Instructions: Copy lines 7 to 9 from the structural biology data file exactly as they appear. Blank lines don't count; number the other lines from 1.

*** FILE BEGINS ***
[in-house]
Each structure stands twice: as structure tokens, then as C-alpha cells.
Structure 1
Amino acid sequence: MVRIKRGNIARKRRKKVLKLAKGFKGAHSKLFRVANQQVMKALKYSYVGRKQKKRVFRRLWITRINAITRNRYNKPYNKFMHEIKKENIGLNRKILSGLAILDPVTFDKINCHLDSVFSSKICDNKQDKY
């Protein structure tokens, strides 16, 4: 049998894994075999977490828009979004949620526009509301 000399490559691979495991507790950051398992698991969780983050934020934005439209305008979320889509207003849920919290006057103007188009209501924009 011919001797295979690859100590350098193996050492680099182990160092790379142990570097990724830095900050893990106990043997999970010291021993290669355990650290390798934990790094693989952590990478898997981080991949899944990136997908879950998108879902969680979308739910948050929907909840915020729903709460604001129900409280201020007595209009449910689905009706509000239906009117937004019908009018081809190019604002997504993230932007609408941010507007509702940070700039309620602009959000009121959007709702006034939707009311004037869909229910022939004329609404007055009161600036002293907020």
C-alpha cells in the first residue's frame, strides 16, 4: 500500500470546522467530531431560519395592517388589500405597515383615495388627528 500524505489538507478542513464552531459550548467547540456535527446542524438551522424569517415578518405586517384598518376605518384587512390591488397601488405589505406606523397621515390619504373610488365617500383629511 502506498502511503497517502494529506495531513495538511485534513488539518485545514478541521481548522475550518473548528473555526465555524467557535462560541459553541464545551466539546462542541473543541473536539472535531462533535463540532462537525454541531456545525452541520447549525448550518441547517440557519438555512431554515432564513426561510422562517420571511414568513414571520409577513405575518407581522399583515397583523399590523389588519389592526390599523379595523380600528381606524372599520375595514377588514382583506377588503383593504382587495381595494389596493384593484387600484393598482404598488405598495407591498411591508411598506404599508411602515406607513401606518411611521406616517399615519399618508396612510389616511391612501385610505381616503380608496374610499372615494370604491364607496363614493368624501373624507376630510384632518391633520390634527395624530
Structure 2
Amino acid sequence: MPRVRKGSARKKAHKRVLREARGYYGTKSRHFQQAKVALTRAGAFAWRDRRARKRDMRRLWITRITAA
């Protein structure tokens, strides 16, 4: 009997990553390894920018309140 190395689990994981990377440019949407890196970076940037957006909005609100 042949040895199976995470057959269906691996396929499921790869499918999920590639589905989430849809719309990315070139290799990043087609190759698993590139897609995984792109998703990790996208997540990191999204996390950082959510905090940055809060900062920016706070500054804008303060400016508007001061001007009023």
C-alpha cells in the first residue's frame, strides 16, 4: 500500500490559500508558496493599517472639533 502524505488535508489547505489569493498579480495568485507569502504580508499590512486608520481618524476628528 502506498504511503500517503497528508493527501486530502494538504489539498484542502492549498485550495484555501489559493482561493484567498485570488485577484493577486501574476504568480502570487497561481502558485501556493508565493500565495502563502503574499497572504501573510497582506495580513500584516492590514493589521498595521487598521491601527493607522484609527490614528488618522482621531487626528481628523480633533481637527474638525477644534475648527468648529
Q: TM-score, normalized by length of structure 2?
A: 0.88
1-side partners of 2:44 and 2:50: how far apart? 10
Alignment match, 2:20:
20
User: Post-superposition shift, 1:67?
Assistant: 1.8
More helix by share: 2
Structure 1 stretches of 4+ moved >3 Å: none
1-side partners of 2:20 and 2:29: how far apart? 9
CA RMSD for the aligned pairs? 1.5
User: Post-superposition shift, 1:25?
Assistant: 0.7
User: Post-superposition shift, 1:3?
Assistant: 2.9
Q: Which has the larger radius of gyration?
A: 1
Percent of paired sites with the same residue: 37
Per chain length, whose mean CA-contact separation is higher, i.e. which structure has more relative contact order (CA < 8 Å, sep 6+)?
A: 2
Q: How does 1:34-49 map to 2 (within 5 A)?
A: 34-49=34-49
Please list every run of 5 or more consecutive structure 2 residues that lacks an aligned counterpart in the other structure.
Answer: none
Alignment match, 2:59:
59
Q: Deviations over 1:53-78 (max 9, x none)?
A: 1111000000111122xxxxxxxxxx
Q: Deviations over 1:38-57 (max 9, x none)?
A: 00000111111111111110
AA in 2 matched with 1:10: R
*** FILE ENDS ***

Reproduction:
Structure 2
Amino acid sequence: MPRVRKGSARKKAHKRVLREARGYYGTKSRHFQQAKVALTRAGAFAWRDRRARKRDMRRLWITRITAA
């Protein structure tokens, strides 16, 4: 009997990553390894920018309140 190395689990994981990377440019949407890196970076940037957006909005609100 042949040895199976995470057959269906691996396929499921790869499918999920590639589905989430849809719309990315070139290799990043087609190759698993590139897609995984792109998703990790996208997540990191999204996390950082959510905090940055809060900062920016706070500054804008303060400016508007001061001007009023």